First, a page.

Category Archives: Exhibitions

Go for gold! Vintage portraits of California prospectors – in pictures

Young gold-rush prospectors stare down the camera in these striking daguerreotypes and tintypes of the 1850s, from a time before California boomtowns became ghost towns

Gold and Silver: Images and Illusions of the Gold Rush is at the National Gallery of Canada, in Ottawa, until 2 April. Luce Lebart’s book is published by RVB Books

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Lady and the Unicorn: Mona Lisa of the middle ages weaves a new spell

The tapestries on display at the Art Gallery of NSW have appeared in everything from the writings of George Sand to those of the poet Rainer Maria Rilke

For a mythical creature that is supposedly very shy, the unicorn sure is getting around. The white horse with a long horn and Bambi eyes is popping up everywhere from decal on children’s backpacks to T-shirts, key rings, flags, toys and tattoos, often accompanied by a little rainbow. The unicorn aesthetic has dominated music videos for the last few years. It’s been borrowed for queer raves and even as a descriptor for (usually) women who are the third party joining a couple in bed. These creatures – the mythical animals, that is – are nothing if not versatile: they’ve even been used in art as stand-ins for Jesus Christ.

Related: Illustrating the Nauru files: ‘We have to fight with something’

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Metropolis: Bauhaus-inspired urban photography – in pictures

In his series Metropolis, photographer Alan Schaller interprets the disconnection between people in the digital age. The series examines the way in which we are dwarfed by the world around us, and how that feels. Schaller was born in London, where Metropolis also began. The majority of the photographs were taken on the streets candidly, because Schaller wanted them to convey a true sense of urban life in its many facets. The work is being exhibited at Leica Story City, London EC3, until 10 February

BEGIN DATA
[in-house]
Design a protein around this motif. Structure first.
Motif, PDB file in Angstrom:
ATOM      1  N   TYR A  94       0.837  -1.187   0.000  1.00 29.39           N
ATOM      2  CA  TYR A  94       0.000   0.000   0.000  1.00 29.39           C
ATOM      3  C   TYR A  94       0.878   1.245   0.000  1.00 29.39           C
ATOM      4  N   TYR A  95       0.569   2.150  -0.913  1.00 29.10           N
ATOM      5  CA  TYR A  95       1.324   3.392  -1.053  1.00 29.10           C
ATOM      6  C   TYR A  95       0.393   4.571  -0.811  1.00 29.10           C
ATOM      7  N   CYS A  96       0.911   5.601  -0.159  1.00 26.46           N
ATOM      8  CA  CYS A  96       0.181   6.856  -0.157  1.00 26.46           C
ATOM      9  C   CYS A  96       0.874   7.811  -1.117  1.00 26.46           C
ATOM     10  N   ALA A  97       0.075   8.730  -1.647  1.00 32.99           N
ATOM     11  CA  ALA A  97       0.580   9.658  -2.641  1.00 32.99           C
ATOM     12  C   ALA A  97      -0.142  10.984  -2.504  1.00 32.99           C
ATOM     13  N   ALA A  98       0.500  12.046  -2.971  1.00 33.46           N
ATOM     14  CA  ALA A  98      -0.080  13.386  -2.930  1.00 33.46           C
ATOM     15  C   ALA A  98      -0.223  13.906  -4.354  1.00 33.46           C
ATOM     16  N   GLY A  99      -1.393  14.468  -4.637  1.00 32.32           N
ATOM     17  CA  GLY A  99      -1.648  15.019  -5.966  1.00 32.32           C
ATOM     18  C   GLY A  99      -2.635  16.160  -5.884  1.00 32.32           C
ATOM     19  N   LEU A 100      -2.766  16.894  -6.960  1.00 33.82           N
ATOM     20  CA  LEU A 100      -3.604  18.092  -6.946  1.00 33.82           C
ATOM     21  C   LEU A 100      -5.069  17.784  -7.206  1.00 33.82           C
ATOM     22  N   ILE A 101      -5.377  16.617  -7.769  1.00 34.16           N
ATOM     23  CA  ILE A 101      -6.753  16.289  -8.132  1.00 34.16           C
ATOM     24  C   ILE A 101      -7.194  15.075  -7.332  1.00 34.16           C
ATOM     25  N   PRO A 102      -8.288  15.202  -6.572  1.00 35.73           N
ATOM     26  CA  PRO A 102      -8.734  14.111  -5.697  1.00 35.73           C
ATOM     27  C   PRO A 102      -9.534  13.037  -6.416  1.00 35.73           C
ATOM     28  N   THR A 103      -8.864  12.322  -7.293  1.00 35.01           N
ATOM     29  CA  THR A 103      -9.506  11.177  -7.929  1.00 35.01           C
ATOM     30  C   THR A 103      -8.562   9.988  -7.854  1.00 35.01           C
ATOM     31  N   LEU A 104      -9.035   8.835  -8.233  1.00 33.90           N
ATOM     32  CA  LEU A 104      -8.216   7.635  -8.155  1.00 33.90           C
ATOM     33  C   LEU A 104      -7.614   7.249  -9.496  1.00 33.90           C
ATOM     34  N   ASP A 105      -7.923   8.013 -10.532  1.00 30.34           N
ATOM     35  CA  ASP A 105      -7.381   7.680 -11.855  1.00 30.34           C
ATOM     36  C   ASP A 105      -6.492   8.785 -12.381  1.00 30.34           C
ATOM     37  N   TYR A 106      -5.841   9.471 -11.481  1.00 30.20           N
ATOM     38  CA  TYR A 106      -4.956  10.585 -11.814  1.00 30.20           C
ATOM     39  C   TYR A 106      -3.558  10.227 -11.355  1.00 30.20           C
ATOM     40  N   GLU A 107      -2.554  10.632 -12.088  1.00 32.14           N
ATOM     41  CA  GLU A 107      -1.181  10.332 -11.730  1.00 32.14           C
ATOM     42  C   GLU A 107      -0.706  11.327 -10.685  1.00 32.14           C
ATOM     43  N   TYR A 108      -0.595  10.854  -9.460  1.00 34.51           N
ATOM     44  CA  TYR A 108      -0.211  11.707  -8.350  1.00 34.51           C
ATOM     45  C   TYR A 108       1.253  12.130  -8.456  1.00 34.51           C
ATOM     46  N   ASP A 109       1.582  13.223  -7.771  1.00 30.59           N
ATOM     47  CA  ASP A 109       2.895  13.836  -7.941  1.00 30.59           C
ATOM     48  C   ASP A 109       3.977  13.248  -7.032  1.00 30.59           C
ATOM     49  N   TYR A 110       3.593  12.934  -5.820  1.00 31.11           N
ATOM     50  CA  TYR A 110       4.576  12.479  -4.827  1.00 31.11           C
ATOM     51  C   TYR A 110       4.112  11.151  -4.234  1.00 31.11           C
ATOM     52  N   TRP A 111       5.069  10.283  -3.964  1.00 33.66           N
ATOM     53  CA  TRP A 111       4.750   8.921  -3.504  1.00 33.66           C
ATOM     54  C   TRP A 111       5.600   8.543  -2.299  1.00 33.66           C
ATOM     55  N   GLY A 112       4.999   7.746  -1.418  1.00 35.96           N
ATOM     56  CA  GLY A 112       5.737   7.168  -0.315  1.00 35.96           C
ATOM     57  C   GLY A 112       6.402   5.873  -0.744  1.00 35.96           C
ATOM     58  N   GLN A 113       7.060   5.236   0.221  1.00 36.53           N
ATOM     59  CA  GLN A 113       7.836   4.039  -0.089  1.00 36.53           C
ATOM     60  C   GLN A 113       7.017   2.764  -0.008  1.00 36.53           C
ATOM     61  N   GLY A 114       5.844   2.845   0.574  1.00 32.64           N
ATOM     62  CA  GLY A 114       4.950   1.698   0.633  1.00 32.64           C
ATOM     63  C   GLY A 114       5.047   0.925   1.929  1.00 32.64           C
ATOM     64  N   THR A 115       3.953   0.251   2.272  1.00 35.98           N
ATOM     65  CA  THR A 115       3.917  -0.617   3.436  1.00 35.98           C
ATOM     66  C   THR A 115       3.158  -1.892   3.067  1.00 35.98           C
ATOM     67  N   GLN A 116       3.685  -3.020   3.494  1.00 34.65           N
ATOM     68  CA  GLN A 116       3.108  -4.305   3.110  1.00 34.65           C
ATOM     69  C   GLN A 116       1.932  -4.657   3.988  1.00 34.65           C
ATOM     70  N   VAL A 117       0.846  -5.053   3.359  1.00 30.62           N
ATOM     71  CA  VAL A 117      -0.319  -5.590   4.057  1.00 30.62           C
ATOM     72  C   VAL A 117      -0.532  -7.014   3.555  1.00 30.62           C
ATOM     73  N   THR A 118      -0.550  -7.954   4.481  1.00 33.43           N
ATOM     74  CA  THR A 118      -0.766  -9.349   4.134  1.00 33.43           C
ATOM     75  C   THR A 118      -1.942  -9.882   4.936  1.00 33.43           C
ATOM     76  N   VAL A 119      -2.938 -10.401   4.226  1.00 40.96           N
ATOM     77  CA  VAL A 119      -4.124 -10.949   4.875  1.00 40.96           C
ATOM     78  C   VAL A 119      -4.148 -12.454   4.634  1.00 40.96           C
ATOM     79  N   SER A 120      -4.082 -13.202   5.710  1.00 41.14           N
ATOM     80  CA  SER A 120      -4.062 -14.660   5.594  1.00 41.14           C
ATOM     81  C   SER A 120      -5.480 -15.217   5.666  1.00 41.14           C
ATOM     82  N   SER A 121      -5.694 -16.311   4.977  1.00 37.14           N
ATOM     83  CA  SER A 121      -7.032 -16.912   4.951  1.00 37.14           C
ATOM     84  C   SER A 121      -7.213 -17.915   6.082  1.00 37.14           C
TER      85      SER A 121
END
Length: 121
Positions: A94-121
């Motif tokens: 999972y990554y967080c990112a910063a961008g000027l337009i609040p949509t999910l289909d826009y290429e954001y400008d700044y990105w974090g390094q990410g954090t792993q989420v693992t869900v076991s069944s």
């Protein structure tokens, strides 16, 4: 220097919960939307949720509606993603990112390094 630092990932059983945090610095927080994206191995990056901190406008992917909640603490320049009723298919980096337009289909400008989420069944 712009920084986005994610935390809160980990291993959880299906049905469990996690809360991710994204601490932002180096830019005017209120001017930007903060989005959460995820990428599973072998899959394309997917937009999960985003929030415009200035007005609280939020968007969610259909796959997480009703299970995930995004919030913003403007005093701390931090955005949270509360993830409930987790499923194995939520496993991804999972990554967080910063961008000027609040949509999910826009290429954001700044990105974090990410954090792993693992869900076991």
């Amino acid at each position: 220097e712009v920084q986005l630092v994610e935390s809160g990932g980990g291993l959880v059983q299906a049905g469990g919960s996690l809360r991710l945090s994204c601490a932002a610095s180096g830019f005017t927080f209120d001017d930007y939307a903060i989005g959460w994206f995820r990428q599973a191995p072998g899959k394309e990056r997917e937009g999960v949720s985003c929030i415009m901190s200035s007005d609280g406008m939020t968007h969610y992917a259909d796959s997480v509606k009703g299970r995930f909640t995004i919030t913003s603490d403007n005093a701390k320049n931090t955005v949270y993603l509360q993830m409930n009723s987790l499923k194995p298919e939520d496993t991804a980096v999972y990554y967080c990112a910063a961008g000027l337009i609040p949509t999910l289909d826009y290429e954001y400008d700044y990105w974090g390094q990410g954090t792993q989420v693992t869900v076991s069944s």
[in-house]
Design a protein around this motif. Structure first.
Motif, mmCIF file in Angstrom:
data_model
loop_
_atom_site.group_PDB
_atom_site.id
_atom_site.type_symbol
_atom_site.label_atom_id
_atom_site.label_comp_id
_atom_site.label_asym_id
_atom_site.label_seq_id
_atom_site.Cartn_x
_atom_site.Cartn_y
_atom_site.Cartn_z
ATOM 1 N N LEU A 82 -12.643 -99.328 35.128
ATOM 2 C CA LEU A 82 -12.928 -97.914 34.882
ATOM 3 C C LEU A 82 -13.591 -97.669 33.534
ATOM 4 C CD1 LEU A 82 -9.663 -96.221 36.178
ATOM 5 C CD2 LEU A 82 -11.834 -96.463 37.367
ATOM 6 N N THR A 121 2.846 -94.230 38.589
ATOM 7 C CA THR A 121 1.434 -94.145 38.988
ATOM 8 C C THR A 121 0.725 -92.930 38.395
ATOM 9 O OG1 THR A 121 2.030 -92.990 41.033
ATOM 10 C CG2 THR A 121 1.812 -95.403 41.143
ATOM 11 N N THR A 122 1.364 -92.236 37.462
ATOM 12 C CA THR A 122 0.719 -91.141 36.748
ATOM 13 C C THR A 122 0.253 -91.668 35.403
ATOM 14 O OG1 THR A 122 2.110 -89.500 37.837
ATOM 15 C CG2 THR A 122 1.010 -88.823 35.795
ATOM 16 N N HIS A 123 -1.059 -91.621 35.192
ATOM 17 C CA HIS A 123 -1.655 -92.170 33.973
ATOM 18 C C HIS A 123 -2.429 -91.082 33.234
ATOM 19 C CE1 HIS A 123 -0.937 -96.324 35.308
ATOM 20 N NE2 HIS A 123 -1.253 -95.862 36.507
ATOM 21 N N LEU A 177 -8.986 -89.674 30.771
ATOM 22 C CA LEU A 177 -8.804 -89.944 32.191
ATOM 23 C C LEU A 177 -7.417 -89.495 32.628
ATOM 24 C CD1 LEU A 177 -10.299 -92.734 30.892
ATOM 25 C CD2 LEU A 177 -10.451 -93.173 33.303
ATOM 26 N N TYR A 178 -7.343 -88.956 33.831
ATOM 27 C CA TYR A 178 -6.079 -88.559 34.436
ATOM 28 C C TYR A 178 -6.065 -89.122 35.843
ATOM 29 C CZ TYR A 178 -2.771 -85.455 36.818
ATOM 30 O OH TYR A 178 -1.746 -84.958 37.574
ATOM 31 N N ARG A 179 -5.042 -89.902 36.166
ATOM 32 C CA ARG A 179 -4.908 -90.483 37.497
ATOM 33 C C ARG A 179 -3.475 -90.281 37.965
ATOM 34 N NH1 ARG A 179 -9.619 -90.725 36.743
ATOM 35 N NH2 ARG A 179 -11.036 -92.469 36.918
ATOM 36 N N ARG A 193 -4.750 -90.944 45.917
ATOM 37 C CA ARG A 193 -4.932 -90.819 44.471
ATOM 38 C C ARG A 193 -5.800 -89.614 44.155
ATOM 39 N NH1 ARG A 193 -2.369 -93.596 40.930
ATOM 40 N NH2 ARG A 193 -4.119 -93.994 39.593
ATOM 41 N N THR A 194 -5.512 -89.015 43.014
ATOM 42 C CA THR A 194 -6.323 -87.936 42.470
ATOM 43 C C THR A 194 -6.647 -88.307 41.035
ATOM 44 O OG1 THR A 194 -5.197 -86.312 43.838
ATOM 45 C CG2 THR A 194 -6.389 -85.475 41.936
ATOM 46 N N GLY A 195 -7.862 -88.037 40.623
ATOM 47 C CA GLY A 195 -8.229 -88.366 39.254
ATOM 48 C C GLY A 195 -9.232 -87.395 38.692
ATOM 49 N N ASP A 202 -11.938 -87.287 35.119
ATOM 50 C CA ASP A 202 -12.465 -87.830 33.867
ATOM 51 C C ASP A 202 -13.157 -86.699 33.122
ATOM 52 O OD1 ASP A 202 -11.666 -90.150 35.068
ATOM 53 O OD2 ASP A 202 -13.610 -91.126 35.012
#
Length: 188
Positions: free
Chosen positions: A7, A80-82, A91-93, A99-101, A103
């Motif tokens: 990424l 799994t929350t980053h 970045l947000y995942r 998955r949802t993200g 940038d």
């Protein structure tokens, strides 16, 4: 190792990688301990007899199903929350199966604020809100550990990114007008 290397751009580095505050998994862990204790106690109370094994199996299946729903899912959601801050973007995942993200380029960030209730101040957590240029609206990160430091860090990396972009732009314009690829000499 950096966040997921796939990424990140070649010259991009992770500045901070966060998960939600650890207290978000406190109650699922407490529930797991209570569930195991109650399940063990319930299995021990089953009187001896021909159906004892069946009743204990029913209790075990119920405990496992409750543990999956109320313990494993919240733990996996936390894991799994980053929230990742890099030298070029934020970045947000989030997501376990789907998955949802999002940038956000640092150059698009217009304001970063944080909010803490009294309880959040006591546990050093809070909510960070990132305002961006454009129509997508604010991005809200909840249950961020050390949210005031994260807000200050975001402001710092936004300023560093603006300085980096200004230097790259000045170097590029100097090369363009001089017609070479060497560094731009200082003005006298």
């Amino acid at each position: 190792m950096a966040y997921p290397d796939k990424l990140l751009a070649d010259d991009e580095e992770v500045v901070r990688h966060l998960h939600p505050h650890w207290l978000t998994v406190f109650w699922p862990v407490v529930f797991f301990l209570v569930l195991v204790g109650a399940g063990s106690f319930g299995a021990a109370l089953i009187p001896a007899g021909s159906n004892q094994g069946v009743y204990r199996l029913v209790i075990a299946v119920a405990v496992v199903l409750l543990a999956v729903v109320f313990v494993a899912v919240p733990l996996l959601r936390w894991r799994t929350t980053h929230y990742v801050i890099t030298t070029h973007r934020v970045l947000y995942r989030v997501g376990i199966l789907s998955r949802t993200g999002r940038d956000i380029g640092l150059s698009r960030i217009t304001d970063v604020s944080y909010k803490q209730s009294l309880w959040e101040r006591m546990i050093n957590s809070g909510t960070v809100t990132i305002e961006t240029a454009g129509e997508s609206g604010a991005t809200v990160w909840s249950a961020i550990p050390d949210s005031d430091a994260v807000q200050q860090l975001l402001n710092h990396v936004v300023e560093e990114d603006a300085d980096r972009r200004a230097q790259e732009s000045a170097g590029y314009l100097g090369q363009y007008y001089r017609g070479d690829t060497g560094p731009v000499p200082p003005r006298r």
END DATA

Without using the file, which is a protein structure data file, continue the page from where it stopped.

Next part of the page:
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Cézanne: Portraits of a Life review – engaging primer paints strong picture of celebrated artist

Cinema’s latest exhibition tour chronicles of the painter’s shift from impressionist-influenced work to a revolutionary and individual vision

After a stream of films about user-friendly artists such as Monet, Goya and David Hockney, the estimable Exhibition on Screen series tackles the slightly tougher subject of Paul Cézanne, taking its cue from the touring Cézanne Portraits show which is nearing the end of its run at the National Portrait Gallery in London. Because of the show’s organisational history, there’s an interesting transnational flavour to the comment, with curatorial input from France (intense) and the US (scholarly) alongside the careful Brits.

The format of these films is by now well-established, operating with watchmaker-level precision: slow, swooping shots of the artist’s environment, letters and the like voiced with full throated emotion (here by the familiar molten-honey tones of Brian Cox), and leisurely inspection of the paintings themselves in situ.